Isaiah 64:1
Oh that you would rend the heavens, that you would come down, that the mountains might flow down at your presence,
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(1) Oh that thou wouldest rend . . .—The division of chapters hinders the English reader from seeing that this is really a continuation of the prayer of Isaiah 63:15-19. The prophet asks that Jehovan may not only “look down” from heaven, but may rend, as it were, the dark clouds that hide the light of His countenance from His people, and that the mountains might tremble at His presence. (Comp. Psalm 68:8; Exodus 19:18.)

Isaiah 64:1-2. O that thou wouldest rend the heavens — This God is said to do, or to bow the heavens, and come down, when he gives a very signal display of his power. It is a metaphor taken from men who, when they would resolutely and effectually help a person in distress, break through every opposition and obstacle. That the mountains might flow down, &c. — Or, melt; that all impediments might be removed out of the way. There seems to be an allusion to God’s coming down upon mount Sinai in those terrible flames of fire, Jdg 5:4-5. As when the melting fire burneth — Come with such zeal for thy people that the solid mountains may be no more before thee than metal that runs, or water that boils by the force of a vehement fire; to make thy name — That is, thy power; known to thine adversaries — That thine enemies, who are also the enemies of thy people, may know thy power, and that thy name may be dreaded among them.64:1-5 They desire that God would manifest himself to them and for them, so that all may see it. This is applicable to the second coming of Christ, when the Lord himself shall descend from heaven. They plead what God had used to do, and had declared his gracious purpose to do, for his people. They need not fear being disappointed of it, for it is sure; or disappointed in it, for it is sufficient. The happiness of his people is bound up in what God has designed for them, and is preparing for them, and preparing them for; what he has done or will do. Can we believe this, and then think any thing too great to expect from his truth, power, and love? It is spiritual and cannot be comprehended by human understanding. It is ever ready. See what communion there is between a gracious God and a gracious soul. We must make conscience of doing our duty in every thing the Lord our God requires. Thou meetest him; this speaks his freeness and forwardness in doing them good. Though God has been angry with us for our sins, and justly, yet his anger has soon ended; but in his favour is life, which goes on and continues, and on that we depend for our salvation.Oh that thou wouldest rend the heavens - That is, in view of the considerations urged in the previous chapter. In view of the fact that the temple is burned up Isaiah 64:11; that the city is desolate; that the land lies waste, and that thine own people are carried captive to a distant land. The phrase 'rend the heavens,' implies a sudden and sublime descent of Yahweh to execute vengeance on his foes, as if his heart was full of vengeance, and the firmament were violently rent asunder at his sudden appearance. It is language properly expressive of a purpose to execute wrath on his foes, rather than to confer blessings on his people. The latter is more appropriately expressed by the heavens being gently opened to make way for the descending blessings. The word rendered here 'rend' (קרע qâra‛), means properly to tear asunder, as, e. g., the garments in grief Genesis 37:29; 2 Samuel 13:31; or as a wild beast does the breast of anyone Hosea 13:8. The Septuagint, however, render it by a milder word - ἀνοίξης anoixēs - 'If thou wouldst open the heavens,' etc. So the Syriac renders it by 'O that thou wouldst open,' using a word that is usually applied to the opening of a door. God is often represented as coming down from heaven in a sublime manner amidst tempests, fire, and storms, to take vengeance on his foes. Thus Psalm 18:9 :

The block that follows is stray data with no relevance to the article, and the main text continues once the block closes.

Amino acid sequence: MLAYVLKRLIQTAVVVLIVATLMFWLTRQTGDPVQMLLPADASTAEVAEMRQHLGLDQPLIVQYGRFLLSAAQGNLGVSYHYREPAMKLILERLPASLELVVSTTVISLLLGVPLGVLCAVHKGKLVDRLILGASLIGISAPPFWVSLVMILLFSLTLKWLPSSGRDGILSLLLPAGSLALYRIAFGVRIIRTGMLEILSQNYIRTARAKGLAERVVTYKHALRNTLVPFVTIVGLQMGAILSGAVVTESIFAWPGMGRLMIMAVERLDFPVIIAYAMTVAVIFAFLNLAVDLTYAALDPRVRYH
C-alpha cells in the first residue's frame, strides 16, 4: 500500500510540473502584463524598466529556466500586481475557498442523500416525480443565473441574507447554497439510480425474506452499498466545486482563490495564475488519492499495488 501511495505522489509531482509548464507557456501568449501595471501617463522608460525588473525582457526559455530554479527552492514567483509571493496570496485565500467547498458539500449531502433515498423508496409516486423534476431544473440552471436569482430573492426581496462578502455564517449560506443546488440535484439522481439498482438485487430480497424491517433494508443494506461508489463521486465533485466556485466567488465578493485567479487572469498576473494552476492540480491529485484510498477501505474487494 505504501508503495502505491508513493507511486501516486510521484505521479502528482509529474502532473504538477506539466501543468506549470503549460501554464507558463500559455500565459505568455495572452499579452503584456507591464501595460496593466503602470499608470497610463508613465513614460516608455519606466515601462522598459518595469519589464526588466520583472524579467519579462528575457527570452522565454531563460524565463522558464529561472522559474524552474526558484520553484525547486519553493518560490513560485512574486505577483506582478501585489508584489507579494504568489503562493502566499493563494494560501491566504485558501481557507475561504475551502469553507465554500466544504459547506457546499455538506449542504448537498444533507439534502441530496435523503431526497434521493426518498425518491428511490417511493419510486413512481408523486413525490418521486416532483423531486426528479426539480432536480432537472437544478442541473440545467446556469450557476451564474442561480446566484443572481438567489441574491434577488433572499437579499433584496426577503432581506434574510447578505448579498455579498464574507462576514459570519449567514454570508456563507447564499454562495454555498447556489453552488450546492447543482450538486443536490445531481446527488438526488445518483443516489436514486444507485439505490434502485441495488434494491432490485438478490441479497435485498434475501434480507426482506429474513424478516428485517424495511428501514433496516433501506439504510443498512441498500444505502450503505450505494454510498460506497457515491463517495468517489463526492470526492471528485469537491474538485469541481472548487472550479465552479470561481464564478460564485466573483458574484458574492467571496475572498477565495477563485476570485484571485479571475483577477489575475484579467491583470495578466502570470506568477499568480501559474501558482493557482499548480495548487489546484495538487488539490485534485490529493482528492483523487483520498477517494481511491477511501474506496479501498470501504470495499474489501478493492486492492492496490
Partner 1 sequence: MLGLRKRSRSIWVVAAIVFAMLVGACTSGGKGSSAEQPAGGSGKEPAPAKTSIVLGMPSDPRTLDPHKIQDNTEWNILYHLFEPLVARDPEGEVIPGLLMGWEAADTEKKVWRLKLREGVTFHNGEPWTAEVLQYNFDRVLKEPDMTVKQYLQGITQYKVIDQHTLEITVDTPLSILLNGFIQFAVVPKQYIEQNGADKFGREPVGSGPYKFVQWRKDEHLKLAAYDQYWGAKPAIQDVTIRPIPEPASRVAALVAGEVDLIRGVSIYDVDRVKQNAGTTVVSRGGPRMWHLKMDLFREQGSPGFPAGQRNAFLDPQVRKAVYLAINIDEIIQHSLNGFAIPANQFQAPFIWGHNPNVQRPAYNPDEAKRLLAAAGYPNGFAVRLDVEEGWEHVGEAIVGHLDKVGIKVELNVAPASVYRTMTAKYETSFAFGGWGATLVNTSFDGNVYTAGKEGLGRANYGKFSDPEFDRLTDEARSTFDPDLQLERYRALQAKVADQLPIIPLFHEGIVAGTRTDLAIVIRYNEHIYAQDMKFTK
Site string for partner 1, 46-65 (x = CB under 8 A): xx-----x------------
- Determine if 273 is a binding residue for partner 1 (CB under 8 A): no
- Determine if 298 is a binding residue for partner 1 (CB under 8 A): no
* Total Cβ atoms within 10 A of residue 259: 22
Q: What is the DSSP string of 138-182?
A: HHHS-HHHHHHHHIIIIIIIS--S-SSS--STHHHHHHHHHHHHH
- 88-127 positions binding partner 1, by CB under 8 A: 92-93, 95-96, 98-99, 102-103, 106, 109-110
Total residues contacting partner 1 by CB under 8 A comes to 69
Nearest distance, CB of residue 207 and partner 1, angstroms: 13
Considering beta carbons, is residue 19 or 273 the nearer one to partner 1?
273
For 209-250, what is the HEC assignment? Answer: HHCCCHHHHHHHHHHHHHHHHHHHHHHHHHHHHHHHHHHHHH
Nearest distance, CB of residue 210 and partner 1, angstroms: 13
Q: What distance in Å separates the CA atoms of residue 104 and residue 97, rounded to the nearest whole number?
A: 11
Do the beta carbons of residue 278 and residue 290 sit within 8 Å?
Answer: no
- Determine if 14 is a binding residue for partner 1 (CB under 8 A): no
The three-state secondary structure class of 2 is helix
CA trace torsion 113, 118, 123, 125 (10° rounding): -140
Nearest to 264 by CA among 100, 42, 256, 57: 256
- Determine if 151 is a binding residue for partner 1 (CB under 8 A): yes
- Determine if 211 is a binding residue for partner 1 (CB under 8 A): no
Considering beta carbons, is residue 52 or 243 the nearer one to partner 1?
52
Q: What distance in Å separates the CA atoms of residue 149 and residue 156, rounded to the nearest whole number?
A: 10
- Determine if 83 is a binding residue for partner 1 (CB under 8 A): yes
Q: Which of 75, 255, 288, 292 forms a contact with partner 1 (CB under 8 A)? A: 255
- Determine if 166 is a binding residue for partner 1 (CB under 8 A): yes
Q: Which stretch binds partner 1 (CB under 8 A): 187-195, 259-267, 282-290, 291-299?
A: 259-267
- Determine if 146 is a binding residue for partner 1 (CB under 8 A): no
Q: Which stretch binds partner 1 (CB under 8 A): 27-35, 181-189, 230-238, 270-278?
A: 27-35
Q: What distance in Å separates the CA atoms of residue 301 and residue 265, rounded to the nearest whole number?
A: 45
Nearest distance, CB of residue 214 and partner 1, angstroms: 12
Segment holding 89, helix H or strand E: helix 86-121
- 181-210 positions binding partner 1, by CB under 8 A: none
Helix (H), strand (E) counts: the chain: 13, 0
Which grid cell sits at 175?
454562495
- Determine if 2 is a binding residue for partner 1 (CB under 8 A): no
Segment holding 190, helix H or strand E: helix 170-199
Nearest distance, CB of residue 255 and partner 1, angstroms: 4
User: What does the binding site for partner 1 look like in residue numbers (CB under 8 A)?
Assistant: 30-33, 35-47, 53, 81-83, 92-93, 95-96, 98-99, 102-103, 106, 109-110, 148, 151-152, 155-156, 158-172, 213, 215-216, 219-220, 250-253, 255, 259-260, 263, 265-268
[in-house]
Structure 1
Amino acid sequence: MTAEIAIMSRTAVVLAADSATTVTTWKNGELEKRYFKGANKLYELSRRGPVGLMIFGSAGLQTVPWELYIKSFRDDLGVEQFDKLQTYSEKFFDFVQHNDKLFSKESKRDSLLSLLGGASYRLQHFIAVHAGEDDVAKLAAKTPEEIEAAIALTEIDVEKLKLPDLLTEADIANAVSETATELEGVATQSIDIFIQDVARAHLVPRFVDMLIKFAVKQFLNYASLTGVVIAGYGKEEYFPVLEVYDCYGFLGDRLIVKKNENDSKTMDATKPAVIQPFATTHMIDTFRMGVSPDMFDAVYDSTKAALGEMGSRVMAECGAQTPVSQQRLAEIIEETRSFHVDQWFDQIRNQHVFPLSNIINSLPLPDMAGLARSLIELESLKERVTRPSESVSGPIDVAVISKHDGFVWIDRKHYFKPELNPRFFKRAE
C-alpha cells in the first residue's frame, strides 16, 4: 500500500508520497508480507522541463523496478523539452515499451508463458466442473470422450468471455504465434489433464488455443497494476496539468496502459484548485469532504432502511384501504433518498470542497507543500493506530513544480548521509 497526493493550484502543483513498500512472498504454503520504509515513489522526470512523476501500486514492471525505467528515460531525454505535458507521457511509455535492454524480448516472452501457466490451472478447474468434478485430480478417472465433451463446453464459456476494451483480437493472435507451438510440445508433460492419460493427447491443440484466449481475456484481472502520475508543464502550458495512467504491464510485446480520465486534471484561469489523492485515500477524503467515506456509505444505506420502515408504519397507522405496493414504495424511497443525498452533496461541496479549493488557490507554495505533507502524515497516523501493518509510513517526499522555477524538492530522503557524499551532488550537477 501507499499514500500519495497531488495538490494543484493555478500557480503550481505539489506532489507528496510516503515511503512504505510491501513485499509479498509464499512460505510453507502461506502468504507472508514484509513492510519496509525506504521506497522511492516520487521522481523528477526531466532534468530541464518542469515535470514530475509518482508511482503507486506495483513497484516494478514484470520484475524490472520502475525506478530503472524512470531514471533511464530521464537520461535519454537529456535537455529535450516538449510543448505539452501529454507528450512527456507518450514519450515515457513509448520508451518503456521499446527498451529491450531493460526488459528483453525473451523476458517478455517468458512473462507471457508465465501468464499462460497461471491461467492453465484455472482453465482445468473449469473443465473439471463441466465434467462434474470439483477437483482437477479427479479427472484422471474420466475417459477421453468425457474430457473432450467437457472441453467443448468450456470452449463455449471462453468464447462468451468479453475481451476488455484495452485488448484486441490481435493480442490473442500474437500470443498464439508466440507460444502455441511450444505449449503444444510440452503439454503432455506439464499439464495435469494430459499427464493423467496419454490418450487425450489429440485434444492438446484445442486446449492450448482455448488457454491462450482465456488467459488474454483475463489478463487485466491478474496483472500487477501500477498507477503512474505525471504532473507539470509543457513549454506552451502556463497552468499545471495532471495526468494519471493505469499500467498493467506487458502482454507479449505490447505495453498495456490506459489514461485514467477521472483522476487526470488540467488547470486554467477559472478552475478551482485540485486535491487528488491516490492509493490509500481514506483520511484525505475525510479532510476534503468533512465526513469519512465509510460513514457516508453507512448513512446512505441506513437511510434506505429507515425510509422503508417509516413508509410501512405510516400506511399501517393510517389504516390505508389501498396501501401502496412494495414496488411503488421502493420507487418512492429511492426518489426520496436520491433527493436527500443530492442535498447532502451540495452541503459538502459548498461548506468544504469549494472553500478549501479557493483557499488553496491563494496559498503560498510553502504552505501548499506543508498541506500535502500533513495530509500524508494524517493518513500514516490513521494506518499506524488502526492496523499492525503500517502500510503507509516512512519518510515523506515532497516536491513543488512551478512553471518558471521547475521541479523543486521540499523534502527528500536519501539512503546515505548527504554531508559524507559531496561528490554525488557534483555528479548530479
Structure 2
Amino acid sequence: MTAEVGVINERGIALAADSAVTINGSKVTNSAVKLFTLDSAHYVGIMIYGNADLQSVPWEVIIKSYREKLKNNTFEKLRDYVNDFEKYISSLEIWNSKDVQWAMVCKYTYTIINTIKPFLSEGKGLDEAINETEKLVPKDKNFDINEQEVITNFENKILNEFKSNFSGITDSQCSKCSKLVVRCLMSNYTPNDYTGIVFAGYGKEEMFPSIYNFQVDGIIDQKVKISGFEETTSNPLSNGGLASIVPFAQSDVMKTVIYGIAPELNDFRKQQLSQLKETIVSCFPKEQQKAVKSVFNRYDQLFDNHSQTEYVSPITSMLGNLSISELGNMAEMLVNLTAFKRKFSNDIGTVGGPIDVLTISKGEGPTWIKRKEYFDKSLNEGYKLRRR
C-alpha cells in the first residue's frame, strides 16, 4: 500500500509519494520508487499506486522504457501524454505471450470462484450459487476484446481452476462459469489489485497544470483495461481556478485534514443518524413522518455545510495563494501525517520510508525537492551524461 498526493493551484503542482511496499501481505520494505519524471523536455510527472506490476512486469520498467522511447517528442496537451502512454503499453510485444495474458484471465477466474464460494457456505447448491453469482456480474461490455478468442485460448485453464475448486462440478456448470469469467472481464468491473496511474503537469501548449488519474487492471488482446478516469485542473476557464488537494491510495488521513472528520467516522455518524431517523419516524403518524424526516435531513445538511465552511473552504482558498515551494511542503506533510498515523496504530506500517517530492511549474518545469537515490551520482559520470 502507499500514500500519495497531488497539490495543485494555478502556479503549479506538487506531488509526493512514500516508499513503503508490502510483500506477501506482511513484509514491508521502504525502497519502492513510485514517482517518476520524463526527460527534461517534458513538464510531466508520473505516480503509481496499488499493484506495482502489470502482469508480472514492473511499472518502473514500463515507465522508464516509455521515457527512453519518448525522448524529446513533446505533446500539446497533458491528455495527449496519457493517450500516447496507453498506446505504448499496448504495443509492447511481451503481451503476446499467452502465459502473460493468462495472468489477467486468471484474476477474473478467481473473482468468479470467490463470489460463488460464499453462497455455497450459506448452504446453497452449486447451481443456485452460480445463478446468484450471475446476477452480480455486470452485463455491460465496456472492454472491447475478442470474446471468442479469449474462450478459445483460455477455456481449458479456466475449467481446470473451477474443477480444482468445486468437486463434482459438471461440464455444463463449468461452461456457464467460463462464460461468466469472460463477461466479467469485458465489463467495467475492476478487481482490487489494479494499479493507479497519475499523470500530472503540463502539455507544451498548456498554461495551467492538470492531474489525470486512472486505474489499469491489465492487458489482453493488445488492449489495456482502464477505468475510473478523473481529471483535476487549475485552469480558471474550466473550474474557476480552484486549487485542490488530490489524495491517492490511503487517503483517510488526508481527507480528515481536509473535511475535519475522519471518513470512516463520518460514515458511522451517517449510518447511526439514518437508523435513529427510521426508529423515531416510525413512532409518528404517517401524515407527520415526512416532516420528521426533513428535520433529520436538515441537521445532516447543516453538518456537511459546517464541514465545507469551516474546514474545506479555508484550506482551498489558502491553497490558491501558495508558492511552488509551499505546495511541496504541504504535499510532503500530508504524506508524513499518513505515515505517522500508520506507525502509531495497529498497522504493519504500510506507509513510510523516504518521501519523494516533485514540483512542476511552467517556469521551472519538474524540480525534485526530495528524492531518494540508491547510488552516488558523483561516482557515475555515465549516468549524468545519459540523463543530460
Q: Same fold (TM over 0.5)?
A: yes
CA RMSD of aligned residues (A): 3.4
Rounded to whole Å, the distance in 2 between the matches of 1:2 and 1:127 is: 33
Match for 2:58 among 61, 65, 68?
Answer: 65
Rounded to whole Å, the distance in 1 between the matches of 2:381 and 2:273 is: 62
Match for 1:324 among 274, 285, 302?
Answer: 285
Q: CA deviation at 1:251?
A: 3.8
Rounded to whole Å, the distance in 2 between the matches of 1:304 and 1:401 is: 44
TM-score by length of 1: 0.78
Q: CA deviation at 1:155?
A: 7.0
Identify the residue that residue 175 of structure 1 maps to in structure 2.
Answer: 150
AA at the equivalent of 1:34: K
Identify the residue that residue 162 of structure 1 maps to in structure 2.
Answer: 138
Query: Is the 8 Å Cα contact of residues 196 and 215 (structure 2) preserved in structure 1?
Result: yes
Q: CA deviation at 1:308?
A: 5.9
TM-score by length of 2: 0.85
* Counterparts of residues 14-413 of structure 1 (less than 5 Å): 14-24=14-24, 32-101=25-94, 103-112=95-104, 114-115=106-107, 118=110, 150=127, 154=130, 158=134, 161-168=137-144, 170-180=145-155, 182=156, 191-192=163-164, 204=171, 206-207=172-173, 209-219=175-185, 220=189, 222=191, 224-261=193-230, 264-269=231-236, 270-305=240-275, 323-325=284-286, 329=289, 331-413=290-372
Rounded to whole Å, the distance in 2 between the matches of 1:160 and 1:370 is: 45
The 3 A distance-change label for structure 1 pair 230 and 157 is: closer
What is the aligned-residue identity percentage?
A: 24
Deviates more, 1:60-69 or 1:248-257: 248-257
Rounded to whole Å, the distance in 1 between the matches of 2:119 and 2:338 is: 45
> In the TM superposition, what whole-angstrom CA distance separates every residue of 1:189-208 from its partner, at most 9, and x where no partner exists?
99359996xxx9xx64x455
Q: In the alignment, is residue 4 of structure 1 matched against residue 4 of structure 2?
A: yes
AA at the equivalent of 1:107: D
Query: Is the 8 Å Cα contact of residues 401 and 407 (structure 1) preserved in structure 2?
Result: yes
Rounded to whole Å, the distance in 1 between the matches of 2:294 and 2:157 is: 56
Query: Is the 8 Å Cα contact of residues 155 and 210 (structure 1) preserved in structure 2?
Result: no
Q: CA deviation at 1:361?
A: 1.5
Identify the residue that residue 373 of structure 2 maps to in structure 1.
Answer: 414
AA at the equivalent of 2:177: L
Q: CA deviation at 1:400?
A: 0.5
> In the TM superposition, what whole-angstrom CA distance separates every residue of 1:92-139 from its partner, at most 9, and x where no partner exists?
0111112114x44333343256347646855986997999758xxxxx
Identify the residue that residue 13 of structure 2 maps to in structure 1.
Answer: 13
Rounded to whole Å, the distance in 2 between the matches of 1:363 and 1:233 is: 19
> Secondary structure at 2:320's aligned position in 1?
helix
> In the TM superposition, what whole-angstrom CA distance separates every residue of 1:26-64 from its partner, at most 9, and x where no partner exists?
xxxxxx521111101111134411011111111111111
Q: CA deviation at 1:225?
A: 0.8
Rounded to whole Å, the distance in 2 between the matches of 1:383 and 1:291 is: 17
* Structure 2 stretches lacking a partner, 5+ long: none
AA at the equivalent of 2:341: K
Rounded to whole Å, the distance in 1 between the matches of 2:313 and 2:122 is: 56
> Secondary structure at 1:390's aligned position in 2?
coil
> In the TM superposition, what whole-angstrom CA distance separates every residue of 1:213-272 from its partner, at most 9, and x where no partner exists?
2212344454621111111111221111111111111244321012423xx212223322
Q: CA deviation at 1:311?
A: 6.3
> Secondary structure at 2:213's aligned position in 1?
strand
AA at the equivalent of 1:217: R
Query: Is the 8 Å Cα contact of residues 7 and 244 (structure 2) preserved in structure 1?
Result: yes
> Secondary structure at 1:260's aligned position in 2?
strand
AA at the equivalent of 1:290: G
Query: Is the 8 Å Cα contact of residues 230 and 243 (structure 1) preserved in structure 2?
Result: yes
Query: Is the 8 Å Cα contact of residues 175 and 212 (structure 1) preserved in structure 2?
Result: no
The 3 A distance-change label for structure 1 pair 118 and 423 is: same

He bowed the heavens also and came down;

And darkness was under his feet.

Compare Habakkuk 3:5-6. It should be remembered that the main idea in the passage before us is that of Yahweh coming down to destroy his foes. His people entreat him to descend with the proofs of his indignation, so that every obstacle shall be destroyed before him, Thus he is described in Psalm 144:5-6 :

Bow thy heavens, O Lord, and come down;

Touch the mountains, and they shall smoke;

Cast forth lightning, and scatter them,

Shoot out thine arrows, and destroy them.